The first step should be to focus on forest restoration in both Himachal and Uttarakhand. The forest cover should be of hardwood mixed deciduous type. Because chir pine are not capable of stabilising the slopes. Pines are very shallow rooted. They are also more prone to fire.

ii). Infrastructure: The second important step to prevent a climate catastrophe in the Himalayas was to focus on infrastructure. The planning of infrastructure has to be much more sensitive to the fragility of these slopes. Even before the Uttarakhand floods, there were huge landslides along the Char Dham route. It was an old historic route which was just doing fine. But the doubling of its width without paying attention to geological and technical considerations has caused havoc.

Lessons from Bhutan: The Bhutanese have recognised that their future wellbeing depends on healthy forests. They have a specific land use plan in which areas have been demarcated for forests which are not to be used for tourism or construction. India needs to take similar steps. States such as Uttarakhand needed to have a very strict and scientifically-designed land use plan too,

What is the way forward?

Himalayas span political boundaries, so India needs to take the lead and set an example towards developing a more sustainable Himalayan landscape.

India is a leader in south Asia having the money and technical expertise that poorer countries such as Nepal and Bhutan do not.


Can biomass co-firing offer a viable solution to coal shortage and stubble burning?

Source: This post is based on the article “Can biomass co-firing offer a viable solution to coal shortage and stubble burning?” published in Down to Earth on 21st Oct 2021.

Syllabus: GS3 – Conservation, Environmental Pollution and Degradation, Environmental Impact Assessment.

Relevance: Tackling the coal crisis with biomass co-firing.

Synopsis: Co-firing policy floated by the government for the thermal plants is a win-win solution for farmers and environment.

Introduction

India’s economy is on the path to recovery since the second wave of the novel coronavirus disease (COVID-19) pandemic. The first half of October saw a 4.9% increase in electricity consumption compared to September. However, coal supply fell short of demand by 1.4%. The government reported a shortage in coal supply despite abundant reserves.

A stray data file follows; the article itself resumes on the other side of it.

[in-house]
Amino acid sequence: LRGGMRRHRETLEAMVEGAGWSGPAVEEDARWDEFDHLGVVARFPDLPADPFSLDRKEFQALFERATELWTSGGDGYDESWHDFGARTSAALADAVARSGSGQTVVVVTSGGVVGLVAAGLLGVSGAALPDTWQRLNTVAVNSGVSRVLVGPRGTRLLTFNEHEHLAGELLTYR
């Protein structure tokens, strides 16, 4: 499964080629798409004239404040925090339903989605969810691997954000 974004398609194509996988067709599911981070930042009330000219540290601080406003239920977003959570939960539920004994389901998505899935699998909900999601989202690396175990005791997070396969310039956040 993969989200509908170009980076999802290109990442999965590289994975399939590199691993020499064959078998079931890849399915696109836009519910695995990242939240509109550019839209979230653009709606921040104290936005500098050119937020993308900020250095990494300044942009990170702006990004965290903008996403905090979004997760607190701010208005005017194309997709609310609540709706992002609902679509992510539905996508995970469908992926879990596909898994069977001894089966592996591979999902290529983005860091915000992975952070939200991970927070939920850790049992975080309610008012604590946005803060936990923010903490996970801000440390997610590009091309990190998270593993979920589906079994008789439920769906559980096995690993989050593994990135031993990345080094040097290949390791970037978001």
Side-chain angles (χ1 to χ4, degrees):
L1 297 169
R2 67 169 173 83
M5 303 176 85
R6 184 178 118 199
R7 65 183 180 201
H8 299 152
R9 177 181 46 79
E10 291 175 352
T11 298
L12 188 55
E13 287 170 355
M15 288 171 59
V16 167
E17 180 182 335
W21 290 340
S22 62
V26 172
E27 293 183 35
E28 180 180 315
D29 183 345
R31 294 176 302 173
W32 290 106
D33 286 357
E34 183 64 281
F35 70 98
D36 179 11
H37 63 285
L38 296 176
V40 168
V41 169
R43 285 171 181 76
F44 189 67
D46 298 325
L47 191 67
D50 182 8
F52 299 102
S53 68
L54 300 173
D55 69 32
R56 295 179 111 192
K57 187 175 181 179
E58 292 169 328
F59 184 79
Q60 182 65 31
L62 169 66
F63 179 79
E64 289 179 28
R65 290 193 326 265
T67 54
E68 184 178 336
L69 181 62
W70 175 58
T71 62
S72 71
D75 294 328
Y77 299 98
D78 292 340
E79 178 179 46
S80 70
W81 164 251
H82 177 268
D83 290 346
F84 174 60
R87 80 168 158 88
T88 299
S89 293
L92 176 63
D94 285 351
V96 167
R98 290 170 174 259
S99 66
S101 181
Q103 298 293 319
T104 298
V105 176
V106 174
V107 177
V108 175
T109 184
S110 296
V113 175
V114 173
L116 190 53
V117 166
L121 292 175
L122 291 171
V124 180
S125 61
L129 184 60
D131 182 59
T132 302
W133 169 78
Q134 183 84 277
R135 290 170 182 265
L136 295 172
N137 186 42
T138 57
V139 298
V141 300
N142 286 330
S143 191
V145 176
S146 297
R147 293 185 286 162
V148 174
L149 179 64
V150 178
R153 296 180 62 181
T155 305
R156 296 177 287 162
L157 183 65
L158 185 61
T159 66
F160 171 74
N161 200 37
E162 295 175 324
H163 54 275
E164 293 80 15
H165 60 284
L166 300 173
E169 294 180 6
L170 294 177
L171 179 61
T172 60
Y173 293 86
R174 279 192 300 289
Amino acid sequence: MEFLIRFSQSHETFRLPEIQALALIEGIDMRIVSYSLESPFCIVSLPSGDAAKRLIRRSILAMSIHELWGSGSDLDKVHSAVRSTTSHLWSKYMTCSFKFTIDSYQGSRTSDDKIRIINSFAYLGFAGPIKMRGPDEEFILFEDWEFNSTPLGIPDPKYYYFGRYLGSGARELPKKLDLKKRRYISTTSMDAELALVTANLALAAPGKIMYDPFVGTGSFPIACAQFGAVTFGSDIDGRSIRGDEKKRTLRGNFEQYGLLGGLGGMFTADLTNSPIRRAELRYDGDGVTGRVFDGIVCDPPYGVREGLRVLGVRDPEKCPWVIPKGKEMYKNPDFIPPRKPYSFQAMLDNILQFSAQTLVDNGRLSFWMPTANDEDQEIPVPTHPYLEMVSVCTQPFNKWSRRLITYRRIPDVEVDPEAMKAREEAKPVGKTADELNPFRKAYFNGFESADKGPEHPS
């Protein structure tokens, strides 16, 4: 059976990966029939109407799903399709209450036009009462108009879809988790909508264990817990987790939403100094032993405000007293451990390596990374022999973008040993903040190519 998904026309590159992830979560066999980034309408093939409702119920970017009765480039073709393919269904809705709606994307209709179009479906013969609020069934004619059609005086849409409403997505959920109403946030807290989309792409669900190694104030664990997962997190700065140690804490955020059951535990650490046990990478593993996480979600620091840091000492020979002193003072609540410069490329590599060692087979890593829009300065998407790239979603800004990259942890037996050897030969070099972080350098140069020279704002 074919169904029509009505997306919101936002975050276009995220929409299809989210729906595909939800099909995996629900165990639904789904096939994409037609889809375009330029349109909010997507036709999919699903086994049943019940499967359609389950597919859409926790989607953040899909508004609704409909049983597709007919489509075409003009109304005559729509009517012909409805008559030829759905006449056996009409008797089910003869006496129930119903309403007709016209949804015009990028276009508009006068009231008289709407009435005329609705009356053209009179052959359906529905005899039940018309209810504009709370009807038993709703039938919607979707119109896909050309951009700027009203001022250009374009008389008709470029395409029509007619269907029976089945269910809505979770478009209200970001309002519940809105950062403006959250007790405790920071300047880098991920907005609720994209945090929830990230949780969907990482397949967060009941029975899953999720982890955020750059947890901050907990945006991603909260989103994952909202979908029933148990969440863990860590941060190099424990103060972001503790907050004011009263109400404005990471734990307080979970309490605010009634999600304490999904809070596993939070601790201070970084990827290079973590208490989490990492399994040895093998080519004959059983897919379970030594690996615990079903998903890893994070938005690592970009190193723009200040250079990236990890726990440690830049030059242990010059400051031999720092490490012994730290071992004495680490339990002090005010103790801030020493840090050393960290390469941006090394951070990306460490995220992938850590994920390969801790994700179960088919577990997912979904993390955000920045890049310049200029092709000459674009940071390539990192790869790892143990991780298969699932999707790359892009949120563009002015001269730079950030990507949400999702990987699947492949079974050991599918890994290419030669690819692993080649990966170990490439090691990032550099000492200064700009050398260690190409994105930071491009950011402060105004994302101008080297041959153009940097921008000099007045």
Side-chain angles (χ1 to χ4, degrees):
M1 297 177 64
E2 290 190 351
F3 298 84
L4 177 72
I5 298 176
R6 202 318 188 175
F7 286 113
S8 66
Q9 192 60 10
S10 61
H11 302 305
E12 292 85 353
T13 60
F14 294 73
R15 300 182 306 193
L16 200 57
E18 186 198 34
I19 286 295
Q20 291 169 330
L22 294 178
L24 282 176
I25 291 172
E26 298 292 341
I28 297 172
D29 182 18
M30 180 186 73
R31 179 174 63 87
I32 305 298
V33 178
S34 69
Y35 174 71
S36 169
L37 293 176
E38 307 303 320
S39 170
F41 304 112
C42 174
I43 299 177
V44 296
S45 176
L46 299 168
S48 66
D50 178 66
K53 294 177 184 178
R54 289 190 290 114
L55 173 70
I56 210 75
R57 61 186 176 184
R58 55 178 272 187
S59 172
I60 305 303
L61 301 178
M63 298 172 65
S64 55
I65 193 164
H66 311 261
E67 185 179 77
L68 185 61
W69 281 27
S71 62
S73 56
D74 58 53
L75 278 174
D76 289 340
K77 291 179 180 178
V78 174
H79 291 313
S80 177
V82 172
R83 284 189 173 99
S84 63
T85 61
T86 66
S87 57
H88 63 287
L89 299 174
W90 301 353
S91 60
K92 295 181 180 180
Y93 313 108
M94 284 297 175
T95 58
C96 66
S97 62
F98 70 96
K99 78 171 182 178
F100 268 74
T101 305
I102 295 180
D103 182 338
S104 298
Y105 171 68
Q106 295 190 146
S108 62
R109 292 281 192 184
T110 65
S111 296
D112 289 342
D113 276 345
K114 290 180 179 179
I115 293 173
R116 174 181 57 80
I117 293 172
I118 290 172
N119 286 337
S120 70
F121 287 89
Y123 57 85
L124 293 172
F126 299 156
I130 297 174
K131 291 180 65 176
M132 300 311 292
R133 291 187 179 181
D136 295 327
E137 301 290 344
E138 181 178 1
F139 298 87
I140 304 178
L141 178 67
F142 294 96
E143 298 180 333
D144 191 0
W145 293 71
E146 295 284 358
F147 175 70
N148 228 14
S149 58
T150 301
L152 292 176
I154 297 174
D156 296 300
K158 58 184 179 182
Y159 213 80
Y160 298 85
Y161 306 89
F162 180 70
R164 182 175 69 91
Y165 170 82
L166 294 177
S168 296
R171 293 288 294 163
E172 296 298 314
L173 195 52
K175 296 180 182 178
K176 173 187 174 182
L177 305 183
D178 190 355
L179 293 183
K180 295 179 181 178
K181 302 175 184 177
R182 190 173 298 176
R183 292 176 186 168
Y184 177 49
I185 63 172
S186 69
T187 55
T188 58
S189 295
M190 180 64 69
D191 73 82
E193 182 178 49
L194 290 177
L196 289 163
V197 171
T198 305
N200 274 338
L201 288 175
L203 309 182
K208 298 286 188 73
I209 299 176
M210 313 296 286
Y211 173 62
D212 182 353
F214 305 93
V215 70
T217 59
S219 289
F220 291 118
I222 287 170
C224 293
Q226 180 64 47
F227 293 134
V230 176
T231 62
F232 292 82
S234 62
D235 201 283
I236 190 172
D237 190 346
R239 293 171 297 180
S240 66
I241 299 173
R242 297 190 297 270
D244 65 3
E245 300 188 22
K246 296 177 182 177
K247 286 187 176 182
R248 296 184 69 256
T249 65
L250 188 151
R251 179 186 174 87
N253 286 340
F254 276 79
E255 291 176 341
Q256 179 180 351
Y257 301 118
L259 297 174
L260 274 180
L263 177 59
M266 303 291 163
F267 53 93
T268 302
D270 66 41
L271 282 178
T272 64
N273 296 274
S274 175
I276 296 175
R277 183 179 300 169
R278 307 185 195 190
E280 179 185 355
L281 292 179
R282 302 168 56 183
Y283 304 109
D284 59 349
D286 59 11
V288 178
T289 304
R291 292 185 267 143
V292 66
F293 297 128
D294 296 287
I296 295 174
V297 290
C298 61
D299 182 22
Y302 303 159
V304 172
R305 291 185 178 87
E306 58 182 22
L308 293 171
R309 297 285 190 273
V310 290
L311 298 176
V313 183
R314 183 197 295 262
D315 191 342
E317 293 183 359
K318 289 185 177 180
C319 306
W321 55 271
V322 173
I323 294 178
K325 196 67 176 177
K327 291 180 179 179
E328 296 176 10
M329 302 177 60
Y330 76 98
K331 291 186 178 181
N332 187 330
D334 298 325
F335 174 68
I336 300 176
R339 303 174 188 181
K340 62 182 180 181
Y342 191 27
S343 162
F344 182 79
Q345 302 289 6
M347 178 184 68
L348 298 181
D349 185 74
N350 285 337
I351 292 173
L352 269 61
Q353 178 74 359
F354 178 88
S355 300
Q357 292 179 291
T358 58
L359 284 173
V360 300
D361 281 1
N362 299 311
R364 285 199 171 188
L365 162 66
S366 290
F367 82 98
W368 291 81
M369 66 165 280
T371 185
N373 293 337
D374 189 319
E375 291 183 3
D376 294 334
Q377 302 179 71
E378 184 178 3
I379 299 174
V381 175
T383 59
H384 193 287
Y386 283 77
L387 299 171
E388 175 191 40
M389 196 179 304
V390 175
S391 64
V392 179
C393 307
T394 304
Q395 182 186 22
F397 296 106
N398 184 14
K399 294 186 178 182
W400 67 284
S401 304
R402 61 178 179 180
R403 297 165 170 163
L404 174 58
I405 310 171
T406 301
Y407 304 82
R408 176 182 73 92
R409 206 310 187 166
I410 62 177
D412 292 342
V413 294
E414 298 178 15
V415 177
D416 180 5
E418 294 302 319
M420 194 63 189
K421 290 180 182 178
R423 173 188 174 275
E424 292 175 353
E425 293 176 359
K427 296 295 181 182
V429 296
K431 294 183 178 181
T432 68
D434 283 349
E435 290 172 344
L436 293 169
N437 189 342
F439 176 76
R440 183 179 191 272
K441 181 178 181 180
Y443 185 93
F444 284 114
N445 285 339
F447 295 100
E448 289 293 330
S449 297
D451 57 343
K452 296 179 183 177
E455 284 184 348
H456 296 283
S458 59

As one of the measures to tackle the coal shortage, the Government of India (GoI) has made it mandatory for thermal power plants in three categories to use a 5% blend of biomass pellets and coal. The policy will come into effect in October 2022, with a requirement to increase the blend to 7% within two years for two categories of plants.

The co-firing policy will be in effect for 25 years or till the useful life of the thermal power plant, whichever is earlier.

Must Read: Coal crisis in India – Explained, pointwise
What is the contribution of the coal-based power to CO2 emissions in India?

India still relies heavily on coal-based power generation to meet most of its electricity demand.

The power sector contributes nearly 50% of the sector-wise carbon dioxide (CO2) emissions. Coal and coal-based power is the single-largest contributor of CO2 emissions in India, according to the International Energy Agency (IEA).

Why India needs to move on from Coal-based power?

Energy security: In India, the government is committed to ensuring that all grid-connected households have 24×7 access to reliable power. The result will be a significant increase in coal-fired power generation and CO2 emissions. Resultant increase in coal imports will give rise to energy security concerns.

Meeting Paris target: India also needs to reduce coal-based GHG emissions rapidly to meet the Nationally Determined Contribution goals for 2030 (NDC). For that, coal plants with higher emissions will have to be shut down and replaced with cleaner ones.

Hence, India needs to move on from the coal based power. Biomass Co-firing offers an alternative.

Must Read: Scale of crop residue generation in India
What are the benefits of Biomass co-firing?

Co-firing biomass pellets with coal in India is a promising strategy for reducing GHG emissions from coal-based power plants.

i). Biomass co-firing has been shown to reduce coal power plant carbon footprint in Europe, the US and the United Kingdom, according to a report by the International Energy Agency (IEA).

Biomass pellets made from agricultural waste have equivalent calorific value to that of Indian coal, based on estimates from the Central Electricity Authority (CEA).

ii). Reduction in pollution due to drop residue burning: Around 85 to 100 million tons of crop residue have been burnt in recent years, despite various government policies aimed at reducing crop burning. Biomass co-firing in places where agro-residue burning is prevalent, this can result in a reduction of coal dependence and a sharp decline in pollution levels.